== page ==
It all started with a red-haired grandma at a loom.
On Friday night April 11, 2014, as local Houston weaver Mary Welch rendered the pattern of a Danish peasant fabric at El Dorado Ballroom, the entire space echoed with mechanized, dehumanized reverberations of domesticity. Welch was one of many cacophonous components of Suzanne Bocanegra’s Rerememberer, a theatrical symphony composed of an accordionist, a DJ, a lighting technician, conductor, and fifty amateur violinists. These disjunctive elements, seemingly a recipe for a nightmarish drug trip, or the very least an extremely irritating listening experience, somehow melded into a sculpturally weighty composition. At once commanding and negating the listener’s engagement, it provided remarkable comfort in its overbearingness.
The amplified loom acted as the performance’s industrial heartbeat, a baseline for other sonic characters. The accordion chimed in, emitting romantic and nihilistic dronings that effectively set the stage for conductor Todd Reynolds.
Bathed in a theatrical spotlight, Reynolds flung various manic hand gestures at the violinists, who were only given one hour of preparation time. This resulted in a kind of beehive effect, a desperate eagerness to please and execute combined with a complete failure to do so—a kind of performative authenticity that can really only come from amateurs and children. Crescendoes of out-of-tune-ness filled the ballroom, enrapturing the audience with endearing faulty attempts, human moments that punctuated an otherwise oppressive atmosphere.
Prior to a panel discussion the following afternoon, CounterCurrent Executive Director Karen Farber discussed possible alternative venue choices for Rerememberer. If it didn’t happen at El Dorado Ballroom, the game plan was to site the piece in the Rothko Chapel—an interesting choice, considering there would not have been any room for the audience. In the Rothko Chapel iteration, the audience would be the participants: the amateur violinists. Farber also mentioned that many of the players said, after the fact, they felt more like spectators than participants, which makes sense given the performance’s all-encompassing, 360 degree installation.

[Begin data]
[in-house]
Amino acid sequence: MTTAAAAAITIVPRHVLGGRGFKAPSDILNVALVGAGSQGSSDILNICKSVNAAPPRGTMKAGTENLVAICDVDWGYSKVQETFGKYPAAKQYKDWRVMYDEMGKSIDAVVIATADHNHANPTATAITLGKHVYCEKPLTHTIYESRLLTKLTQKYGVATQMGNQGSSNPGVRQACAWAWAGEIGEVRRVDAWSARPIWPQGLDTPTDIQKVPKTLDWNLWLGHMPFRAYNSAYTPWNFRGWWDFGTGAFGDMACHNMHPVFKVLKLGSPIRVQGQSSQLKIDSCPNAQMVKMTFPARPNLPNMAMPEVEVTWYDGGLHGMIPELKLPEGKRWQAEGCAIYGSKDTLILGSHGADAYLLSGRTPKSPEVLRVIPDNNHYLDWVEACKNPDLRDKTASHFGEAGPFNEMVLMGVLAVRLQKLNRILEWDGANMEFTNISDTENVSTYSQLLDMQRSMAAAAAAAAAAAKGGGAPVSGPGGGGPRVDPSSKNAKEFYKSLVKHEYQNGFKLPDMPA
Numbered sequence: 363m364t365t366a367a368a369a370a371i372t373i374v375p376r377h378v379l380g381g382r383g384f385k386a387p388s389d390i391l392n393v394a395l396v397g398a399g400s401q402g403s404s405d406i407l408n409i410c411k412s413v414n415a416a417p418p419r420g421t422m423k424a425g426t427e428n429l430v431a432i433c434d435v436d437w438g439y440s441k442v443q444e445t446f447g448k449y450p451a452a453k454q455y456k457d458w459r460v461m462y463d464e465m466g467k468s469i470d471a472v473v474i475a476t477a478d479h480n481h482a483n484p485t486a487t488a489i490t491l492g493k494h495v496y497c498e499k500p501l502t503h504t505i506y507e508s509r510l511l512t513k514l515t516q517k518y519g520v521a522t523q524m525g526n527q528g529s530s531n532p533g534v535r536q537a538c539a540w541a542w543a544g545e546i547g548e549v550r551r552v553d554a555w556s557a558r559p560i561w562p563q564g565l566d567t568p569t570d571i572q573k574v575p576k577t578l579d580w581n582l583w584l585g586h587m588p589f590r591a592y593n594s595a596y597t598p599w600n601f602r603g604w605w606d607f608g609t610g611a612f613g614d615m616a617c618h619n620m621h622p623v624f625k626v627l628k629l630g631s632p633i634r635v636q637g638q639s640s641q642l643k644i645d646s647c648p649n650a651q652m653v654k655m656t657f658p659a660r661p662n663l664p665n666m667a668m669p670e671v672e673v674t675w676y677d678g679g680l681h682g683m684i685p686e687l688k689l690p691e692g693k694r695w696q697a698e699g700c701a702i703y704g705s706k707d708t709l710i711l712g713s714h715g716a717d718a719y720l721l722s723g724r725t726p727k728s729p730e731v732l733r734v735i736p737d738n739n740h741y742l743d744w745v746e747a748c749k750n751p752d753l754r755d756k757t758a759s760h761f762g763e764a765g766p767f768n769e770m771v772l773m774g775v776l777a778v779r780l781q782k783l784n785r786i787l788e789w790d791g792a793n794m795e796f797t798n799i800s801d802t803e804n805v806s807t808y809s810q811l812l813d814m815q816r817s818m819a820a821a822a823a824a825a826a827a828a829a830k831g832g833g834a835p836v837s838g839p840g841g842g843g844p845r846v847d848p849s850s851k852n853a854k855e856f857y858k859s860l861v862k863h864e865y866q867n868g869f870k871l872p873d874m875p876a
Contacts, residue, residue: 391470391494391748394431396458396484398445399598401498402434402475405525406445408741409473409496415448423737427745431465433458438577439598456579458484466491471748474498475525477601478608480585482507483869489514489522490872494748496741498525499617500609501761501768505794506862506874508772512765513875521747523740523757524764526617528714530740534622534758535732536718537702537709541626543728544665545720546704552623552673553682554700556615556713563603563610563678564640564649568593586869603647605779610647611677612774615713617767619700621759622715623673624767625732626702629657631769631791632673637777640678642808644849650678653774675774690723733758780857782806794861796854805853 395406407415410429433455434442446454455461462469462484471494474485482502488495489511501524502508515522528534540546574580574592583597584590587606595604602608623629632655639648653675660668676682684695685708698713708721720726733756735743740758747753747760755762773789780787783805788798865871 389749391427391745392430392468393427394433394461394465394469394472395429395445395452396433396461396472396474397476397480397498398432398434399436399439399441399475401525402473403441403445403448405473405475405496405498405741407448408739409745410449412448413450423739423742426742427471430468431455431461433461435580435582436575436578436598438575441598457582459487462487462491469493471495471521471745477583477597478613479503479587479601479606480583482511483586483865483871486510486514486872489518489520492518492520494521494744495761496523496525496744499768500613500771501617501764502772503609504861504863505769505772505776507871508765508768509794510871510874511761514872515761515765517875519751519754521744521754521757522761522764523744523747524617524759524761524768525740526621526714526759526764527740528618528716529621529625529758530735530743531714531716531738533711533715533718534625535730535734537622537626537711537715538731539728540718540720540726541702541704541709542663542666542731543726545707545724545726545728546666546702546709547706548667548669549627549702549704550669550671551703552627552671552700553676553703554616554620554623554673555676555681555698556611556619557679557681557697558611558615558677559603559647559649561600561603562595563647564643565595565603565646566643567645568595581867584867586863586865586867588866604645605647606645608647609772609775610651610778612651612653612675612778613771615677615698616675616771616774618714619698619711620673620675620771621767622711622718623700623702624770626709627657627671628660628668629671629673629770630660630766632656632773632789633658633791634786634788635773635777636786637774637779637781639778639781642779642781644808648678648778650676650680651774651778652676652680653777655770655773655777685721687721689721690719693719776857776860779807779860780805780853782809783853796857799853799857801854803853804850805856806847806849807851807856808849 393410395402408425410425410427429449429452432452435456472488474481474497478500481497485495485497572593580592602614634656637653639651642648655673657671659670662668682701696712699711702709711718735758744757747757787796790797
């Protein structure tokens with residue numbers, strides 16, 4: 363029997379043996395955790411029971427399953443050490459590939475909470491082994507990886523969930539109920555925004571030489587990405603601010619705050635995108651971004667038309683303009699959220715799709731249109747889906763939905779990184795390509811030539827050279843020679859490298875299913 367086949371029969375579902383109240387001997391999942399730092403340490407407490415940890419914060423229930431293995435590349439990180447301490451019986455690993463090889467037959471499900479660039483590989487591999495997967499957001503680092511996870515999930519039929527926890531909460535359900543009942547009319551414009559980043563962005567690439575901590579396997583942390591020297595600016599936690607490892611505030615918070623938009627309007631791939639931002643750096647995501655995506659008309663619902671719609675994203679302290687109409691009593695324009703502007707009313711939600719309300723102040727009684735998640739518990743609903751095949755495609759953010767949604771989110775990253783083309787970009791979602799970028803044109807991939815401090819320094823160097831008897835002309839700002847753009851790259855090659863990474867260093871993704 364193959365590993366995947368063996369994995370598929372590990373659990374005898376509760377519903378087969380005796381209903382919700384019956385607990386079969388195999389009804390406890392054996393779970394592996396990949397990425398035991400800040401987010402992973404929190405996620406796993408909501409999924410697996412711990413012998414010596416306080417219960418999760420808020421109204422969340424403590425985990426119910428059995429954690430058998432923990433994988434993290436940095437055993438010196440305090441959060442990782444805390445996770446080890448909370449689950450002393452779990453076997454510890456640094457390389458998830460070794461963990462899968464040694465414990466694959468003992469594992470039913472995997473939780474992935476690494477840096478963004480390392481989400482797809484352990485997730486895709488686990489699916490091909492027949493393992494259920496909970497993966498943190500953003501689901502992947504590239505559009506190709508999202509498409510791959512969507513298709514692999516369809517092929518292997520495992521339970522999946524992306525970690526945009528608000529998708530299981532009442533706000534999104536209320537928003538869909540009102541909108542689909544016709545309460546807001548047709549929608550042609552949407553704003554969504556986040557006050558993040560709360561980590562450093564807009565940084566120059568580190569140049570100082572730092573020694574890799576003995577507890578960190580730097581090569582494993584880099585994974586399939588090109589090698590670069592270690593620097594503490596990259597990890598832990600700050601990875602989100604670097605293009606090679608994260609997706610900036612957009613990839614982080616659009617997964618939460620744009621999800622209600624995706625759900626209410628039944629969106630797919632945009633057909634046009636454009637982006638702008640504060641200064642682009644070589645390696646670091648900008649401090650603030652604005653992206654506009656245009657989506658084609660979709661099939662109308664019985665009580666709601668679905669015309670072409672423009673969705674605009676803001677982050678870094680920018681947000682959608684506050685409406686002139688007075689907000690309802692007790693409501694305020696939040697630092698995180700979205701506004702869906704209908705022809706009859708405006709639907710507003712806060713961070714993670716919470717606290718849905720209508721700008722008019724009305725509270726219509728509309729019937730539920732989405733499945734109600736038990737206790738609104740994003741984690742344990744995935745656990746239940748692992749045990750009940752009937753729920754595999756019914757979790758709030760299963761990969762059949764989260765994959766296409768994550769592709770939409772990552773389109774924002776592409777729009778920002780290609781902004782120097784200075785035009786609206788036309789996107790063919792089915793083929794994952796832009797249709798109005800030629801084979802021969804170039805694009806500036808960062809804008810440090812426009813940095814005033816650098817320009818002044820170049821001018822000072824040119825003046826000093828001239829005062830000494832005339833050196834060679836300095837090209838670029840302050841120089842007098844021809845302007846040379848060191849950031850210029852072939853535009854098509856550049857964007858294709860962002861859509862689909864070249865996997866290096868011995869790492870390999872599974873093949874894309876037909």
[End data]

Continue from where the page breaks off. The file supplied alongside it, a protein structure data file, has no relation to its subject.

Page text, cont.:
Having the performance at the Rothko Chapel would have been a big mistake. Dense and layered as the sound was, it was also heavily visual and reliant on theatrical elements like intense lighting, flamboyant bodily gestures, and subtle facial expressions to fully flesh out and articulate meaning and to completely facilitate a sense of immersion. Reynolds was a visual focal point of the installation, but he wasn’t the only one hit with spotlight—both Welch and the accordionist were lit up as if under interrogation, depicted as perpetrators as much as participants. Reynolds’ wizardly stances, hurling, pointing, and alternatively and weirdly paternal hand signals were utterly captivating.
The audience watched intently as the violinists received his aggressive sign language, and it was amusing to watch their faces flit from bewilderment to self-satisfaction to frustration to intense concentration. The installation was meant to sonically and theatrically encompass individualized depictions of effort, and these facial expressions were integral to the piece, tiny moments that recapitulated the overarching concept, which was the magnification of an interior form of labor.
Suzanne Bocanegra’s sound installation, if anything, embodied a palpable dehumanization. Rerememberer viscerally transformed repetitive actions (like Mary Welch at a loom) into a droning, oppressive, industrialized sonic atmosphere. But it was the kind of atmosphere that was also richly populated with genuine moments of people simply trying, which, oddly enough, made the entire work feel authentically human.
CounterCurrent the UH Mitchell Center’s inaugural festival of experimental multi-media art, ran from April 9-13. Rerememberer was performed on Friday, April 11 at the El Dorado Ballroom in Houston
also by Betsy Huete
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